|Me in 2006|
I am considering returning to military service in the Air Force Reserves (1 weekend a month plus 2 weeks a year). I served in the active-duty force for 5 years, 9 months before separating in 2008 to focus on family. I’m still not certain if I am going to go back in, but there are several compelling reasons: service to country, wonderful community, professional fulfillment, extra income, and health insurance among them.
As part of the process to pursue a position in the reserves, I had to complete a military physical. As a service academy grad, my experience was quite a bit different the first time around. I was 18 and went to the local hospital to complete the different aspects of the physical. This time, as a 32-yr old mother of two and veteran, I got up at 3:30 a.m. to drive to the processing site. I was the only prior service candidate there, thus I was the oldest person in the room. There were candidates for enlisted service in all the other services there, though the most were for the Army. There were five other women, so they kept all the women together for processing.
We underwent tests in hearing and vision, we had blood drawn, we had urinalysis testing, we had height and weight measured, and we also were tested in muscle group and joint maneuvers. Between prior service and childbirth, I was a pro at giving urine and blood samples, both of which were new for the rest of the group. Height and weight measurements, as well as the movement exam, were conducted in the group in bra and underwear. The things they make you do in bra and panties!–Power walk around the room. Walk heel-to-toe across the room while squatting (duck walking). Kick behind you like a donkey. And on and on. It was interesting hanging out in skivvies with a bunch of ladies ten years younger than me (the other five women ranged in age from 18-24 and none had given birth) and doing bizarre exercises, but it was also really cool realizing how comfortable I am in my own skin now. They were all so very insecure about their appearance, as I once was. I remember the open shower bays in basic training and worrying that others were looking at me. Those worries are gone. I did not have the best physique in the room (neither did I have the least fit), but I disrobed proudly. I’ve earned the loose skin and stretch marks on my body. I own these marks. Not only that, I have an incredibly hot husband that has seen me at both 125 lbs and 200 lbs (at the height of my second pregnancy), and he loves me unconditionally.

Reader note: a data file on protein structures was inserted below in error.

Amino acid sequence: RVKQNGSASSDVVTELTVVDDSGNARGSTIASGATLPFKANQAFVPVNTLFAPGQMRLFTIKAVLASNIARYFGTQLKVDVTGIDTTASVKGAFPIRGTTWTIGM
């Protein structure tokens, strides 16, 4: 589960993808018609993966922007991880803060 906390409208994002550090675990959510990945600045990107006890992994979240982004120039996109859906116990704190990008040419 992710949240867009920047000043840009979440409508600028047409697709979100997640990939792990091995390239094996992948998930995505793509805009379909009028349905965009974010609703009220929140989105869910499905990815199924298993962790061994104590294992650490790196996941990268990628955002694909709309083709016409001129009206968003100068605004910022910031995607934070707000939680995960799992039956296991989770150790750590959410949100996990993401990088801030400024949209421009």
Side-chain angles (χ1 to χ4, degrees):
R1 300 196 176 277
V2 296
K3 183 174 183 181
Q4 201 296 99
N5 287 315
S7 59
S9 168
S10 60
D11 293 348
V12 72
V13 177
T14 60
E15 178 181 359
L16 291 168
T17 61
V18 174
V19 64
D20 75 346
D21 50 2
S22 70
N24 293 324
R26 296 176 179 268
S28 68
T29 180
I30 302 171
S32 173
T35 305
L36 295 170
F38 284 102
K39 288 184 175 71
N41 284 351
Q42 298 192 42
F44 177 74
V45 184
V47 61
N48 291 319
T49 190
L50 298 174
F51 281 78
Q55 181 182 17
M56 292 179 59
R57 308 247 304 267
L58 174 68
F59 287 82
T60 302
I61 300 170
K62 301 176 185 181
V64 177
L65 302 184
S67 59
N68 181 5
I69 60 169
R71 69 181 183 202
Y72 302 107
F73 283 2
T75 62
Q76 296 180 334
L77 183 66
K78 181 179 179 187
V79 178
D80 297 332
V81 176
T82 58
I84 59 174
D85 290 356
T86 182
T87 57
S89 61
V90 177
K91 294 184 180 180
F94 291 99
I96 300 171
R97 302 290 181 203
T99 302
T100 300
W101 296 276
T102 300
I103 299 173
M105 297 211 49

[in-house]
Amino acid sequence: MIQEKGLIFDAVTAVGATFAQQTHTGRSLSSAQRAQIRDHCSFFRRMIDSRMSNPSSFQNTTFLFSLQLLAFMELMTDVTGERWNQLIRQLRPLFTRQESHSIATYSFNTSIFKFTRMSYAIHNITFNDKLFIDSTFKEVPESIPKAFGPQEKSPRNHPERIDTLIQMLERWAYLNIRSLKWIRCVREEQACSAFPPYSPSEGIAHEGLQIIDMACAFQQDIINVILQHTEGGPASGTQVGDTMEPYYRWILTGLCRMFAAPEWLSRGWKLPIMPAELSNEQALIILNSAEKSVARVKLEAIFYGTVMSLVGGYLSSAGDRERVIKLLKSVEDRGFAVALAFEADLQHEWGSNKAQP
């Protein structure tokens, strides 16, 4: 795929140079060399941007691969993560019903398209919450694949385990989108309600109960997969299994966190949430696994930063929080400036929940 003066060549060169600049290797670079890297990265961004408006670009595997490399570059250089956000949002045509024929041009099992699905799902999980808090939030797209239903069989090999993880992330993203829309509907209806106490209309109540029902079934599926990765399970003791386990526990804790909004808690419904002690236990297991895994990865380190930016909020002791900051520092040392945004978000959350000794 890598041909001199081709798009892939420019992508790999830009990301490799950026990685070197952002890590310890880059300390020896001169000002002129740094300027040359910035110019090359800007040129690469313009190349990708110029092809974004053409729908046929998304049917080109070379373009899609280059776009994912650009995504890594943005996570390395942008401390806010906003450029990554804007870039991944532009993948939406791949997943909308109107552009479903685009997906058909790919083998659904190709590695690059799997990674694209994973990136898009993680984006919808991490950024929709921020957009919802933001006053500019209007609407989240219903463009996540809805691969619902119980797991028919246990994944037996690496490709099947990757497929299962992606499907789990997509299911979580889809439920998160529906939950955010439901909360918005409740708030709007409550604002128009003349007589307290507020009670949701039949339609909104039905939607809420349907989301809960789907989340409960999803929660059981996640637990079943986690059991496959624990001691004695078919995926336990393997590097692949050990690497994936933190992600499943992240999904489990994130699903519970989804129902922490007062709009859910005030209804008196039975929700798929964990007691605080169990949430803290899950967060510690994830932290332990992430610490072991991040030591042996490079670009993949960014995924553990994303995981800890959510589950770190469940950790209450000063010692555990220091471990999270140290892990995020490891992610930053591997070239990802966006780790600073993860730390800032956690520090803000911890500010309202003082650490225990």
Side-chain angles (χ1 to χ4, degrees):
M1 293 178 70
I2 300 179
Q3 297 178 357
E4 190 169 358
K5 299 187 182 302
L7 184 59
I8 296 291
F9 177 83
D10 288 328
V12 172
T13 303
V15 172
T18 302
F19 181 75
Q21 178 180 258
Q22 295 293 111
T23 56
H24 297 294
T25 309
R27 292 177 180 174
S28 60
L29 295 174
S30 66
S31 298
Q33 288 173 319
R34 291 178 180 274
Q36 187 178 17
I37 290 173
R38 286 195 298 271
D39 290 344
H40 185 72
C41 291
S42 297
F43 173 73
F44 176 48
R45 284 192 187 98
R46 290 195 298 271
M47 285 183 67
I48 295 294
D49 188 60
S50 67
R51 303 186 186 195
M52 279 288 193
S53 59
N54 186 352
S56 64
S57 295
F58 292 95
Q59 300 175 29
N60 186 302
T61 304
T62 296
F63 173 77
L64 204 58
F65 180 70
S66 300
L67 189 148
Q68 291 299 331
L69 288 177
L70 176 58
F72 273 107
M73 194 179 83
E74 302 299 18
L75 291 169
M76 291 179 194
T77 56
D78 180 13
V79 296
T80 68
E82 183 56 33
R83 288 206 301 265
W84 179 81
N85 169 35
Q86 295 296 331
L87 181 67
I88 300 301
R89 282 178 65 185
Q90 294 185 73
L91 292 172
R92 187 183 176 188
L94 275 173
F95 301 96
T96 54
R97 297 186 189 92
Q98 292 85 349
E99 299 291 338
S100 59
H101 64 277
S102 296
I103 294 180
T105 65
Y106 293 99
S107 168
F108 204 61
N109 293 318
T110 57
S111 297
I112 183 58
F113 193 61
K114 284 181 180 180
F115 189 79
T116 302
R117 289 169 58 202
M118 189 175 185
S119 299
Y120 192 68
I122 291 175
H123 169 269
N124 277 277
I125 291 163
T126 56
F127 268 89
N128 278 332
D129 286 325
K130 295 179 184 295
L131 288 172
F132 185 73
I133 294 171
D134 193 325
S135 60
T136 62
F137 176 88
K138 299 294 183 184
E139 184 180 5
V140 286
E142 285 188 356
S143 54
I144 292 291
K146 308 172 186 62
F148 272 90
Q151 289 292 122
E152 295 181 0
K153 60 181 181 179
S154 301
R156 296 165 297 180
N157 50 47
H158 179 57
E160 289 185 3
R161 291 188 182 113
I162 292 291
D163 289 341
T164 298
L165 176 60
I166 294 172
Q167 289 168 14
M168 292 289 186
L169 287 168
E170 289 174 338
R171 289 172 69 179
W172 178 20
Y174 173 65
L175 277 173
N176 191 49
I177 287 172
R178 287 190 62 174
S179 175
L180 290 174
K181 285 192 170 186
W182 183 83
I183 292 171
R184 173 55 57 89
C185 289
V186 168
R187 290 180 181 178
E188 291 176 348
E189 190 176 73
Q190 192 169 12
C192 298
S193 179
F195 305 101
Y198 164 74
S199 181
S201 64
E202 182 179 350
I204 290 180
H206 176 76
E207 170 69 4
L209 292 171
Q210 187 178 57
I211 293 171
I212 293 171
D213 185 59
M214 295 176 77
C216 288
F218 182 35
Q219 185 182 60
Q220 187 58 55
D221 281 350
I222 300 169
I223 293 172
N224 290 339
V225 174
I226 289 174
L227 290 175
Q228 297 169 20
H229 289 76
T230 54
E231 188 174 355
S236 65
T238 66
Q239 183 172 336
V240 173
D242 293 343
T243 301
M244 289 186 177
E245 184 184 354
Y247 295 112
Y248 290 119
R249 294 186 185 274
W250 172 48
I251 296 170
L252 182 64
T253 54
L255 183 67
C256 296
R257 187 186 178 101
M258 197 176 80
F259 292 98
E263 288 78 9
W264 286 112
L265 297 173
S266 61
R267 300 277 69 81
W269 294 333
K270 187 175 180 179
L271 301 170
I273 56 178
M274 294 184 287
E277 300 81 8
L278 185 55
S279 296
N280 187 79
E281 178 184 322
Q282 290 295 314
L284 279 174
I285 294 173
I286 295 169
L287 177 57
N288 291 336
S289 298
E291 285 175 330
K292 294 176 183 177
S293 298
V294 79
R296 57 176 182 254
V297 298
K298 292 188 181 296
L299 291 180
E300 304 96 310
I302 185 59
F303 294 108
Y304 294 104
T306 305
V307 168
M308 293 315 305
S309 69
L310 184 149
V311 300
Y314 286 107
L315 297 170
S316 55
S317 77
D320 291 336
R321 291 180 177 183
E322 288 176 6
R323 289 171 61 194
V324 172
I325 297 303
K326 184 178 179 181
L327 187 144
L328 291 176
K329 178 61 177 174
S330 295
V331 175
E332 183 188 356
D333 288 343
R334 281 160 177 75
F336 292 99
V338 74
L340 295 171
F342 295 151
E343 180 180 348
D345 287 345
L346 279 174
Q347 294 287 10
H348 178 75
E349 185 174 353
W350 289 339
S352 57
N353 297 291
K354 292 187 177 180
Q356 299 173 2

Since I have become so used to hanging out with women that have had similar experiences to me over the last few years, it was odd to be the “old, wise” woman of the group. The other female candidates asked questions about childbirth, questions about basic training, questions about service. I answered each honestly and thought to myself, Wow, I am so glad to be where I am in my life right now. I am so glad to be past that awkwardness, past those fears, and on to the next chapter, whatever it may be. I have lost many of my old insecurities, like appearance-related ones that I can’t change, and replaced them with more “important” ones–Am I being the best mother and wife that I can be? I don’t think I’ll ever stop being a worrier; it’s part of who I am. But my experience at MEPS this week made me realize that I’m pretty much at peace with my body now.
I love getting older. As my parents would say, it sure beats the alternative.